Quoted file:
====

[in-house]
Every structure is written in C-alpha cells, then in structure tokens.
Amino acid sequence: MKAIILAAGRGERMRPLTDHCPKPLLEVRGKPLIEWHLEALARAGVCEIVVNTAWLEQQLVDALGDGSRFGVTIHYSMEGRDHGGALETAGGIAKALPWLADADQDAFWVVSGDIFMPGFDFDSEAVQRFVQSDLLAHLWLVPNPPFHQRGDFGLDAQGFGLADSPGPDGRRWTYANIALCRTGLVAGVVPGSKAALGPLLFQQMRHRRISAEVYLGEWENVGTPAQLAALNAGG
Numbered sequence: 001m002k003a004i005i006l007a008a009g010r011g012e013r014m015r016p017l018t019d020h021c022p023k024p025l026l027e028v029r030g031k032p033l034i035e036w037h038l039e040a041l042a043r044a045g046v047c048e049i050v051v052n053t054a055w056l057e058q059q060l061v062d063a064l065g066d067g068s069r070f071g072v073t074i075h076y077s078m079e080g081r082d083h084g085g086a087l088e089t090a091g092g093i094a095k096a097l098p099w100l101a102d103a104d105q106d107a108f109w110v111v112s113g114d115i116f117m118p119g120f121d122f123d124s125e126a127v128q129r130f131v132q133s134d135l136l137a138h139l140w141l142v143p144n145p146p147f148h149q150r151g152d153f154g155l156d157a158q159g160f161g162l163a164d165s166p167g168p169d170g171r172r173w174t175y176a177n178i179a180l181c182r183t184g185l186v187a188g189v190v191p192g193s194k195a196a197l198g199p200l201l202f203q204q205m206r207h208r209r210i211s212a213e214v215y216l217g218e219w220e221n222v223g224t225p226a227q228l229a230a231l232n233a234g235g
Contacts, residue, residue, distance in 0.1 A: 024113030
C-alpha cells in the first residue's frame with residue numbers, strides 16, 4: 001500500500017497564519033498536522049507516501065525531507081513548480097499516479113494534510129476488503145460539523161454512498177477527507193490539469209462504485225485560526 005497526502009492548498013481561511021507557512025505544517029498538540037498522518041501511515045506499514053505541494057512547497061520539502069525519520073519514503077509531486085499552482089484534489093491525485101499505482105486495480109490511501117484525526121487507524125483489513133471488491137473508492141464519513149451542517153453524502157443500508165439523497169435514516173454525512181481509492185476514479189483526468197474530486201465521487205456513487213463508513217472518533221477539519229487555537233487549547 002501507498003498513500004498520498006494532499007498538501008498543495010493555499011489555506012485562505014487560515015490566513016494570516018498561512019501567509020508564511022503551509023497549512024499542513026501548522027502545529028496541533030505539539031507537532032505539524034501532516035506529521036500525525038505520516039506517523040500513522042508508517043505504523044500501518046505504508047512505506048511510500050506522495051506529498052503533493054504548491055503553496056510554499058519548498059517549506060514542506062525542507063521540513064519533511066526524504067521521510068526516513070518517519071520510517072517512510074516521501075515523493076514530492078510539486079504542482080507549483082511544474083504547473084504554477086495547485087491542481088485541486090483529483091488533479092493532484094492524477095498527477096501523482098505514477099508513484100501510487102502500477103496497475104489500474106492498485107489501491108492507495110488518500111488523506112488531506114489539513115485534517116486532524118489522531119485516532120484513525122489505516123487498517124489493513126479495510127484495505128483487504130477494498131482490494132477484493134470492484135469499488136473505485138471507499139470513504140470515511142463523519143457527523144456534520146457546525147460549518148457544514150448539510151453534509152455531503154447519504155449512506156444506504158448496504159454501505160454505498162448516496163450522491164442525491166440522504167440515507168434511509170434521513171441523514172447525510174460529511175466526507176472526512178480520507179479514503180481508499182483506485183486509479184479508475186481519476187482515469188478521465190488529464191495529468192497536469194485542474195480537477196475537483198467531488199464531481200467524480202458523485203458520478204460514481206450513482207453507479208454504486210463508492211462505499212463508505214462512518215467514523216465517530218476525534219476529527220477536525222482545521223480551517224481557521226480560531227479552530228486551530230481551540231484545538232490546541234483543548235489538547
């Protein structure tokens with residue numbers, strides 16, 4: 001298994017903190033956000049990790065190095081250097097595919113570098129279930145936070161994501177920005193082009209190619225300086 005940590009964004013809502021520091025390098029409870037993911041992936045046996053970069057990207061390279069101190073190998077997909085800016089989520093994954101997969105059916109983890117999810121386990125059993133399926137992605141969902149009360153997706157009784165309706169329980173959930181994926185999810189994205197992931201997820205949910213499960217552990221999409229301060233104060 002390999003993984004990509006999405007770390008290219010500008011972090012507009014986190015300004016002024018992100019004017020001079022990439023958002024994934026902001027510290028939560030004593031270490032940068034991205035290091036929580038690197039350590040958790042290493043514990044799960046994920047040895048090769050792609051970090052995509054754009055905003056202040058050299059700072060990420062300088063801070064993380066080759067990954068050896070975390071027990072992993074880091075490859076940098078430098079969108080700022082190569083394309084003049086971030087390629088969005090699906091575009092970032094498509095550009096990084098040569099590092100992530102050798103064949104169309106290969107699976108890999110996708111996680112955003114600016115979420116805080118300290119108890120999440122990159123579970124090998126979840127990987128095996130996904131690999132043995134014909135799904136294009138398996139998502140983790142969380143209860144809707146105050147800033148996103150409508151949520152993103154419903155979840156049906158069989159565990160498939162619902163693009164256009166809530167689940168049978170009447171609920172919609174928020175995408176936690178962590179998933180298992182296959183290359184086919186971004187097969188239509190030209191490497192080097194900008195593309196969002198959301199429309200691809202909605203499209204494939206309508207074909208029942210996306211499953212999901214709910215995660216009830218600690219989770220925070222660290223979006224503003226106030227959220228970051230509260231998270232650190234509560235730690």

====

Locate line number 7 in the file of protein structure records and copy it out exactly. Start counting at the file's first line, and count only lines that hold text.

């Protein structure tokens with residue numbers, strides 16, 4: 001298994017903190033956000049990790065190095081250097097595919113570098129279930145936070161994501177920005193082009209190619225300086 005940590009964004013809502021520091025390098029409870037993911041992936045046996053970069057990207061390279069101190073190998077997909085800016089989520093994954101997969105059916109983890117999810121386990125059993133399926137992605141969902149009360153997706157009784165309706169329980173959930181994926185999810189994205197992931201997820205949910213499960217552990221999409229301060233104060 002390999003993984004990509006999405007770390008290219010500008011972090012507009014986190015300004016002024018992100019004017020001079022990439023958002024994934026902001027510290028939560030004593031270490032940068034991205035290091036929580038690197039350590040958790042290493043514990044799960046994920047040895048090769050792609051970090052995509054754009055905003056202040058050299059700072060990420062300088063801070064993380066080759067990954068050896070975390071027990072992993074880091075490859076940098078430098079969108080700022082190569083394309084003049086971030087390629088969005090699906091575009092970032094498509095550009096990084098040569099590092100992530102050798103064949104169309106290969107699976108890999110996708111996680112955003114600016115979420116805080118300290119108890120999440122990159123579970124090998126979840127990987128095996130996904131690999132043995134014909135799904136294009138398996139998502140983790142969380143209860144809707146105050147800033148996103150409508151949520152993103154419903155979840156049906158069989159565990160498939162619902163693009164256009166809530167689940168049978170009447171609920172919609174928020175995408176936690178962590179998933180298992182296959183290359184086919186971004187097969188239509190030209191490497192080097194900008195593309196969002198959301199429309200691809202909605203499209204494939206309508207074909208029942210996306211499953212999901214709910215995660216009830218600690219989770220925070222660290223979006224503003226106030227959220228970051230509260231998270232650190234509560235730690």